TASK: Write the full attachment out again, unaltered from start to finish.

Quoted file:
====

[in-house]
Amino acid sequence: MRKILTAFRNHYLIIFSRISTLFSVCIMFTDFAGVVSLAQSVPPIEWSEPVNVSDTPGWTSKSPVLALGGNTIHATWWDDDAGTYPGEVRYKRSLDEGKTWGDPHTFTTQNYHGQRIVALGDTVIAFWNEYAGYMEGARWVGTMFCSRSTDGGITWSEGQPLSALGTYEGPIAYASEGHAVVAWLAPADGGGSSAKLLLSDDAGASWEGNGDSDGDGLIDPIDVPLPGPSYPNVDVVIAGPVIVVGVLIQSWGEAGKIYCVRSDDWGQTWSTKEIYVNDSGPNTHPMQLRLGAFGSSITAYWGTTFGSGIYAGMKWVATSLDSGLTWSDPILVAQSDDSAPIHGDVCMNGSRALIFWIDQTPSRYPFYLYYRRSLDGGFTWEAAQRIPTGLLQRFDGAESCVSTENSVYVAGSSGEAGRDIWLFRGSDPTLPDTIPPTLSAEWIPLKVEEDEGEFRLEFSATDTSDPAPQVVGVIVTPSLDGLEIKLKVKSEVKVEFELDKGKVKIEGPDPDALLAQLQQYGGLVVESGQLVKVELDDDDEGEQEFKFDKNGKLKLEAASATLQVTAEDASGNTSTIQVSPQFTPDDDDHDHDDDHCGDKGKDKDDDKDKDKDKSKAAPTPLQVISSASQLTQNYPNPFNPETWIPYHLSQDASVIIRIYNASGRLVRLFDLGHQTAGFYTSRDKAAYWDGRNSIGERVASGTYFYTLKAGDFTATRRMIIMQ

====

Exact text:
[in-house]
Amino acid sequence: MRKILTAFRNHYLIIFSRISTLFSVCIMFTDFAGVVSLAQSVPPIEWSEPVNVSDTPGWTSKSPVLALGGNTIHATWWDDDAGTYPGEVRYKRSLDEGKTWGDPHTFTTQNYHGQRIVALGDTVIAFWNEYAGYMEGARWVGTMFCSRSTDGGITWSEGQPLSALGTYEGPIAYASEGHAVVAWLAPADGGGSSAKLLLSDDAGASWEGNGDSDGDGLIDPIDVPLPGPSYPNVDVVIAGPVIVVGVLIQSWGEAGKIYCVRSDDWGQTWSTKEIYVNDSGPNTHPMQLRLGAFGSSITAYWGTTFGSGIYAGMKWVATSLDSGLTWSDPILVAQSDDSAPIHGDVCMNGSRALIFWIDQTPSRYPFYLYYRRSLDGGFTWEAAQRIPTGLLQRFDGAESCVSTENSVYVAGSSGEAGRDIWLFRGSDPTLPDTIPPTLSAEWIPLKVEEDEGEFRLEFSATDTSDPAPQVVGVIVTPSLDGLEIKLKVKSEVKVEFELDKGKVKIEGPDPDALLAQLQQYGGLVVESGQLVKVELDDDDEGEQEFKFDKNGKLKLEAASATLQVTAEDASGNTSTIQVSPQFTPDDDDHDHDDDHCGDKGKDKDDDKDKDKDKSKAAPTPLQVISSASQLTQNYPNPFNPETWIPYHLSQDASVIIRIYNASGRLVRLFDLGHQTAGFYTSRDKAAYWDGRNSIGERVASGTYFYTLKAGDFTATRRMIIMQ